ClickHouse is an open-source, columnar database for real-time analytics over very large amounts of data. It offers high write and query performance, making it suitable for large-scale data processing. It also provides extensive SQL support, including support for complex joins and subqueries, which can be beneficial in real-time analytics scenarios that require more advanced querying capabilities. Originally designed to handle web clickstream data, ClickHouse adds many new features to its SQL dialect, making it especially useful for working with time-series and web event data streams.

Apache Pinot

Pinot is an open-source, distributed, and columnar database written in Java and designed specifically for real-time analytics on big data. Originally developed by LinkedIn, Pinot supports streaming data sources such as Kafka and complex data types, though its support for JOINs is limited.

Apache Druid

Druid is another open source column-oriented data store that’s optimized for time series data and low-latency queries. It offers a flexible ingestion model and support for approximate queries. Adding some complexity, Druid’s native query language is based on JSON, but it provides a custom SQL dialect on top.


Snowflake is a popular cloud data warehouse that is hosted on a cloud-agnostic managed public cloud. Snowflake is perfect for batch data processes and ETL workflows that support business intelligence, decision-making, reporting, and some data science functions, but it is not optimized for real-time analytics use cases.

In theory, you can use Snowflake’s Snowpipe streaming feature which can improve data freshness, but to bring freshness down to even a few seconds (slow for real-time use cases) this has proven to increase Snowflake costs even further.


Tinybird is a real-time data platform built around ClickHouse, the world’s fastest OLAP database. With many native source connectors, Tinybird unifies batch and streaming data sources with wide JOIN support, enables real-time materialized views, and allows data teams to quickly publish real-time data pipelines as low-latency APIs. It is designed for real-time data ingestion, real-time data processing, real-time data integration, and real-time data access at scale.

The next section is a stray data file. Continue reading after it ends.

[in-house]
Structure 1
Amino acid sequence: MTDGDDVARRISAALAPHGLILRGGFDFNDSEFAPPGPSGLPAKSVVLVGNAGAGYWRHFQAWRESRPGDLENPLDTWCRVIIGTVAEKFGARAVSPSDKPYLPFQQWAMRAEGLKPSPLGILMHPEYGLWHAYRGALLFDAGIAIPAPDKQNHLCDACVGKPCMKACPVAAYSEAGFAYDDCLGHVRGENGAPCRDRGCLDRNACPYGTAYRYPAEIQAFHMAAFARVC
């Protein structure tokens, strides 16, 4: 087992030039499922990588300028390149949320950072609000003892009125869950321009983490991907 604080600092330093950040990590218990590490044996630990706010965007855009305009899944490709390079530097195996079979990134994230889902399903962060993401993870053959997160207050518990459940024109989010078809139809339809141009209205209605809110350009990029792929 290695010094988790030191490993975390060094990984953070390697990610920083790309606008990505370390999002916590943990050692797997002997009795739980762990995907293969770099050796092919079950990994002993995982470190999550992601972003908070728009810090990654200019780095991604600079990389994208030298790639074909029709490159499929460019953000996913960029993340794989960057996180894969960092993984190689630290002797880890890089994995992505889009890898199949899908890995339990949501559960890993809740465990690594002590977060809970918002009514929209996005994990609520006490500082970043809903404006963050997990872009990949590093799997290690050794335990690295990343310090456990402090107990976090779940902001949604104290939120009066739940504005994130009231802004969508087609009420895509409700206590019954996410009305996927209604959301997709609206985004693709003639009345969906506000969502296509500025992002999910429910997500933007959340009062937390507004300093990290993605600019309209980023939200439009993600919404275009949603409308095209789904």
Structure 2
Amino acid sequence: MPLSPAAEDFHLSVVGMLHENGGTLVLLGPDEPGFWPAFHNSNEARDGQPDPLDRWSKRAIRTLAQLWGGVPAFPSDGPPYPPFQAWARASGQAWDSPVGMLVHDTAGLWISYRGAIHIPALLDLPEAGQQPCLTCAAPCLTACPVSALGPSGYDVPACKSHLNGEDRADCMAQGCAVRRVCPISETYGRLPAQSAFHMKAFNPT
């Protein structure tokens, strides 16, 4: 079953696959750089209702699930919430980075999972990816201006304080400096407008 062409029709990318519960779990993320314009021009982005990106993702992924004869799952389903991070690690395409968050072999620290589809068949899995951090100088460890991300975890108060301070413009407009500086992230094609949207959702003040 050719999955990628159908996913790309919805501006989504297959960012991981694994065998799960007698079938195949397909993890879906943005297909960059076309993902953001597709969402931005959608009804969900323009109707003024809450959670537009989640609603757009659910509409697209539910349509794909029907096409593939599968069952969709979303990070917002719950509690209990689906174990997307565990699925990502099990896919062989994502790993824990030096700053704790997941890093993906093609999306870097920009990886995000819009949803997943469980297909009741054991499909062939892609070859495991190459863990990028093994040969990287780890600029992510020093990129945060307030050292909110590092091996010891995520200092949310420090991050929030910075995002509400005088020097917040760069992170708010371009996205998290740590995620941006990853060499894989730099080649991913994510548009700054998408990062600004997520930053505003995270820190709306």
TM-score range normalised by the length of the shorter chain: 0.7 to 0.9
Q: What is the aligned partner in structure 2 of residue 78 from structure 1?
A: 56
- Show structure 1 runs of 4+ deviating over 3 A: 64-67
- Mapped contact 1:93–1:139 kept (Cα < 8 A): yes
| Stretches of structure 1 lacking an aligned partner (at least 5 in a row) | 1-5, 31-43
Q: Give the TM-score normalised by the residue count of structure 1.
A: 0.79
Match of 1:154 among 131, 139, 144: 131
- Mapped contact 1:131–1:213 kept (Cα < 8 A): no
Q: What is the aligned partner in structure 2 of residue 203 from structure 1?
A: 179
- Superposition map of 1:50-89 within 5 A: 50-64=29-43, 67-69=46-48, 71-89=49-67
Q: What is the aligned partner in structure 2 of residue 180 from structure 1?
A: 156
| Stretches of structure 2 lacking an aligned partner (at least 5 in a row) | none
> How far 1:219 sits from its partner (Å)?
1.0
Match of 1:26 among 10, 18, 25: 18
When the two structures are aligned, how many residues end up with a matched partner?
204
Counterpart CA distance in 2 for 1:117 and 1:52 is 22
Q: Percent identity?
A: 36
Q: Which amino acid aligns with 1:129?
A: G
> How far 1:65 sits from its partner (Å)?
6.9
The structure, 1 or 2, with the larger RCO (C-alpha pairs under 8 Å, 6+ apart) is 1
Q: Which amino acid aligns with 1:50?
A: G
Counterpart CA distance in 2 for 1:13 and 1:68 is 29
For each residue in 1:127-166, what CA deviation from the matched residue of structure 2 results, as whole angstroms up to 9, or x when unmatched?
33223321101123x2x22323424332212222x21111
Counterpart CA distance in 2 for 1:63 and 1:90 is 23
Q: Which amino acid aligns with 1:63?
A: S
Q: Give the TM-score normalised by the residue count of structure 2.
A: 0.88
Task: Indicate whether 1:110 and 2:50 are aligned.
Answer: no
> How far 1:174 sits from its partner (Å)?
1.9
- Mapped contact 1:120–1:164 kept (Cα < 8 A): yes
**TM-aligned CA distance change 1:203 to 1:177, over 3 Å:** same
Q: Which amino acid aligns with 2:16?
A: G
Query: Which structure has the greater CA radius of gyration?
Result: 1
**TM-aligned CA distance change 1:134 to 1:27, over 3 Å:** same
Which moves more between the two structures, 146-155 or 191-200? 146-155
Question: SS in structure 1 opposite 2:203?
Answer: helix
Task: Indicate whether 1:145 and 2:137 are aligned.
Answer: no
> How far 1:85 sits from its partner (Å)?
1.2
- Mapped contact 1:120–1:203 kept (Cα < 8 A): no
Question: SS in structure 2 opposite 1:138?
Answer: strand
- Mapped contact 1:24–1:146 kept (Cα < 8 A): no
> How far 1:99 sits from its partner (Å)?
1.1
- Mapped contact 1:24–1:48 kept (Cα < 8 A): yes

A diagram showing how Tinybird enables real-time data ingestion within an AWS reference architecture.
Tinybird is a real-time data platform that unifies real-time and batch data ingestion for revenue-generating real-time analytics use cases. In this case, Tinybird fits within in AWS reference architecture to capture data from streaming platforms like MSK or Kinesis and batch sources like Redshift or Snowflake.

Getting started with Real-Time Data Ingestion

Real-time data ingestion can be a game changer for motivated teams looking to build revenue-generating, real-time data pipelines at scale. However, for those comfortable with traditional batch processing techniques, real-time data ingestion can come with a learning curve.

Tinybird is an end-to-end real-time data platform for data and engineering teams. With Tinybird, you can not only ingest data from a wide variety of data sources in real time, but you can also process, transform, and publish real-time data products and empower your team to build things with data.

Tinybird might be the right place to start if you’re looking for reliable, scalable real-time data ingestion to power use cases like real-time personalization, user-facing analytics, usage-based billing, operational intelligence, and more.

You can try Tinybird for free with no time limit. If you get stuck along the way, join our active Slack community to ask questions about data source connectors, scalability, real-time data transformation techniques, and more.